HUD Secretary Marcia Fudge Visits New Public Housing Advanced in Denver | Colorado in DC

Housing and Urban Development Secretary Marcia Fudge warned during a layover in Denver on Tuesday that the affordable housing crisis “is bigger than people want to admit,” but praised efforts to rehabilitate public housing in Colorado.

After touring a public housing complex under construction in Denver’s Sun Valley neighborhood with her former Democratic colleague Diana DeGette and Mayor Michael Hancock, she explained to reporters the “dire” state of housing in America.

“We are missing about 11 million places to live,” she said. “When we talk about getting homeless people off the street, we’re at a point where we can put them in hotels and motels, for example, but that’s not enough.”

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DeGette added Denver ranked 42nd in the country for affordable housing available, according to a report by the National Low Income Housing Coalition.

“We can all see this when we go downtown by the city and county buildings and see homeless camps,” said the Denver Democrat. “But it’s not just the homeless camps, it’s the opportunity to get affordable housing for families and individuals, almost all of whom have jobs, some of whom have two or three jobs.”

This is where Hancock hopes the new Gateway South and Gateway North Denver Housing Authority units come into play.

“The Denver Housing Authority has been a leader in building seamless public housing so no one can see it is public housing,” said Hancock. “I just want you to take stock of this area: this is typically what we see across the country – areas that are gentrified due to development.”

The tour of the Gateway South complex included a one-unit stop as well as the complex’s gym and an attached supermarket under construction, which was praised by Fudge.

“When I talk to the president … I’ll tell him, ‘If anyone wants to see an example of what works, meet me in Sun Valley,'” she said. “I haven’t seen that yet and I’ve traveled a lot.”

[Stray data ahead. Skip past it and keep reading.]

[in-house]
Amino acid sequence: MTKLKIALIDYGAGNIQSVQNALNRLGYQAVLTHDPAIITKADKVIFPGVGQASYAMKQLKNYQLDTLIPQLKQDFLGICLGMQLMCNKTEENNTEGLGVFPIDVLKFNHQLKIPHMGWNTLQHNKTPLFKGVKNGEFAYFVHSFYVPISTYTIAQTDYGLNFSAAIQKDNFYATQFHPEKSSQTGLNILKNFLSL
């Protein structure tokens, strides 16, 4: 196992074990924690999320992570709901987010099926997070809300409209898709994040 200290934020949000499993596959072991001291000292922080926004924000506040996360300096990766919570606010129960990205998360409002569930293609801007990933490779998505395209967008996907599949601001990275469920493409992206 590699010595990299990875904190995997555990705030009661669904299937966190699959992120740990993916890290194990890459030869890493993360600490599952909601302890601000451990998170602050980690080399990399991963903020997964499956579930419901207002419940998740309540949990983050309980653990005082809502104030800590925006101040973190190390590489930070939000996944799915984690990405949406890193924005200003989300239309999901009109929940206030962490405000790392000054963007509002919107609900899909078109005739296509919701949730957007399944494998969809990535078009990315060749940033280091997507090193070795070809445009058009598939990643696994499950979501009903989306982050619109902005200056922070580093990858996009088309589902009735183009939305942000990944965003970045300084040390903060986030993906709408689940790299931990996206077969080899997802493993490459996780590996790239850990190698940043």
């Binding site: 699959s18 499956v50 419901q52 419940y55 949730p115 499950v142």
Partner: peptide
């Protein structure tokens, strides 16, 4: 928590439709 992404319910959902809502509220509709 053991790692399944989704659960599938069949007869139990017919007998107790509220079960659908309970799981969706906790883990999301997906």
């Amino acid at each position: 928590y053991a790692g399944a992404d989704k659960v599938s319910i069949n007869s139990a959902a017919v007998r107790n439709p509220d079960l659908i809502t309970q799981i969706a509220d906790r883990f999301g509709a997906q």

Fudge also promoted the US $ 2 trillion job plan bill, backed by the Biden administration and currently being presented to Congress. This is the infrastructure package that Biden proposed in his early days in the Oval Office.

“The president understands very, very well the importance of housing, and that’s why he’s asking Congress for $ 300 billion to build new homes, such homes.” She said. “Homelessness is an issue that the president is interested in and that we will address.”

The Biden administration announced in June support for a bipartisan infrastructure package worth $ 1.2 trillion, negotiated by federal lawmakers. That package does not specifically include housing finance, and Biden indicated that he would only sign it if lawmakers also passed a law channeling funding for “human infrastructure” programs.

“The president really understands that housing is infrastructure,” said Fudge. “We are in the richest nation in the world, nobody should sleep in the street in a tent, under a bridge, on a bench.”

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